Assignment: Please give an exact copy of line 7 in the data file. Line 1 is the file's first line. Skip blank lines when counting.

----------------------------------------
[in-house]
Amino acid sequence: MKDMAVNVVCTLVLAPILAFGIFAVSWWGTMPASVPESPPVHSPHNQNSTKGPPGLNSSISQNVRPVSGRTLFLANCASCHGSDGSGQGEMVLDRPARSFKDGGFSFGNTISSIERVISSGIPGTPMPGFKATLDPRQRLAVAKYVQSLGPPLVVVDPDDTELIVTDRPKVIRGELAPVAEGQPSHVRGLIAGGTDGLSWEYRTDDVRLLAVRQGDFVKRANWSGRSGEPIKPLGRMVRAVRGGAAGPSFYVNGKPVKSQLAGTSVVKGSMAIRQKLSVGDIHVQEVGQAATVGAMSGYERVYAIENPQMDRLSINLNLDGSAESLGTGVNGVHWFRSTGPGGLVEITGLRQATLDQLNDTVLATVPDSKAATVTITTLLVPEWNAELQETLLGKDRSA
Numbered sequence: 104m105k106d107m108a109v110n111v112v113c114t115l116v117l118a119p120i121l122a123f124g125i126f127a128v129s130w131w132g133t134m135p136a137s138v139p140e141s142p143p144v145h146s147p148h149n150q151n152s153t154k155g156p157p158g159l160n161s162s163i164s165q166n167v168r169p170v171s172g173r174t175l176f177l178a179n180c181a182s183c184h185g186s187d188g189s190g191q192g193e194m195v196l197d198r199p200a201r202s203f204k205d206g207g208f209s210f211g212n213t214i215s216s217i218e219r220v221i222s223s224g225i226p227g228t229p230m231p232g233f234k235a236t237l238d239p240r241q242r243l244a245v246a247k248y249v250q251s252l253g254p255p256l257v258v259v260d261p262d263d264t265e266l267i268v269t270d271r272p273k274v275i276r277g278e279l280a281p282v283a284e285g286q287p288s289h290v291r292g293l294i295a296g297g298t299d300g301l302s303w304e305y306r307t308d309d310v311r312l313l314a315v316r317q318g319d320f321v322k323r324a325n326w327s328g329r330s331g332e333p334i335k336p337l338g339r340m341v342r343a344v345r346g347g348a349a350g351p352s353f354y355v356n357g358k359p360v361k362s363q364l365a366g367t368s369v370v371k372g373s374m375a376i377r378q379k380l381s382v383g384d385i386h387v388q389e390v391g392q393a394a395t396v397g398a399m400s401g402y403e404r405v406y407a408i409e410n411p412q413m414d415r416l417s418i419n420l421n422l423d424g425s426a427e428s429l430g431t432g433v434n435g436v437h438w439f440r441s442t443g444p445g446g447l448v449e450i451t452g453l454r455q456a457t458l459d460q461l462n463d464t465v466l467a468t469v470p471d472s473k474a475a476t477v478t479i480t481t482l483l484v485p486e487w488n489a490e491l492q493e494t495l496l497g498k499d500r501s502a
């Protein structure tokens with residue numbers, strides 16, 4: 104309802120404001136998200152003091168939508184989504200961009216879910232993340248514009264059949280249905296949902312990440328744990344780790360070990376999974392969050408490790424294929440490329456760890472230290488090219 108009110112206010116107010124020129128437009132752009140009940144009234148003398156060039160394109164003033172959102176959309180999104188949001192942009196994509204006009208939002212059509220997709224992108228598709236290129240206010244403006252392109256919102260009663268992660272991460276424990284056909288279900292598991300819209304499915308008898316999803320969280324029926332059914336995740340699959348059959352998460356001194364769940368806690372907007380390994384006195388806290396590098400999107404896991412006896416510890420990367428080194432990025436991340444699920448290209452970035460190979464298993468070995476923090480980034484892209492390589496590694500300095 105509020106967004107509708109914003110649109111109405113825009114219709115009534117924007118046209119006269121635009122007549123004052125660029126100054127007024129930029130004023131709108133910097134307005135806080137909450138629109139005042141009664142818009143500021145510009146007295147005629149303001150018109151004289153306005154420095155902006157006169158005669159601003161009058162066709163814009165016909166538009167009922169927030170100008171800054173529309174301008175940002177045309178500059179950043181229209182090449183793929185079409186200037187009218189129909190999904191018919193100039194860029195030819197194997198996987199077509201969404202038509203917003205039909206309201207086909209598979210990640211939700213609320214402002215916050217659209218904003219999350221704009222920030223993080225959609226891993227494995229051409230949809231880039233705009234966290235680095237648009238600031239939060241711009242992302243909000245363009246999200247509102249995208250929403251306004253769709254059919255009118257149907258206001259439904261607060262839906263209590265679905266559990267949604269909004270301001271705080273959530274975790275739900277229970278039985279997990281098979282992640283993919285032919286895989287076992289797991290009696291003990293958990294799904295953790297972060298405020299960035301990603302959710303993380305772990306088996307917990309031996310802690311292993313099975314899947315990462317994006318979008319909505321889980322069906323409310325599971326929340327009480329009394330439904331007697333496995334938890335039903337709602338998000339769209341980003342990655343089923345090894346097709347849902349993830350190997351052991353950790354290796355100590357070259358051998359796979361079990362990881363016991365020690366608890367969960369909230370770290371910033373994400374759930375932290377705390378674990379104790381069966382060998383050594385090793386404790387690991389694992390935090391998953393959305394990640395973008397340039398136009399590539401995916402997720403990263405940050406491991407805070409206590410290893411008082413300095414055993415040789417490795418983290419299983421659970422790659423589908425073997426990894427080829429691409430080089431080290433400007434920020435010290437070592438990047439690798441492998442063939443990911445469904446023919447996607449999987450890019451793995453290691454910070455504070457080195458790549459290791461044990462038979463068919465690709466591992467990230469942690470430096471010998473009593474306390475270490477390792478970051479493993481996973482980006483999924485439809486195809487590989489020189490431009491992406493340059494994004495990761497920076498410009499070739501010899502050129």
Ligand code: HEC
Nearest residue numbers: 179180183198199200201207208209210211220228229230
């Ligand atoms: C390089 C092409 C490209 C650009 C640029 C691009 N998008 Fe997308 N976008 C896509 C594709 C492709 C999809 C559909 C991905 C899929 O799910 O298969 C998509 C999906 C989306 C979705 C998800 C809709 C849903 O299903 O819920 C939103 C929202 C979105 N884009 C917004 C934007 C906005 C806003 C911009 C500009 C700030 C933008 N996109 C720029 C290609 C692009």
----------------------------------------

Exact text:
């Ligand atoms: C390089 C092409 C490209 C650009 C640029 C691009 N998008 Fe997308 N976008 C896509 C594709 C492709 C999809 C559909 C991905 C899929 O799910 O298969 C998509 C999906 C989306 C979705 C998800 C809709 C849903 O299903 O819920 C939103 C929202 C979105 N884009 C917004 C934007 C906005 C806003 C911009 C500009 C700030 C933008 N996109 C720029 C290609 C692009």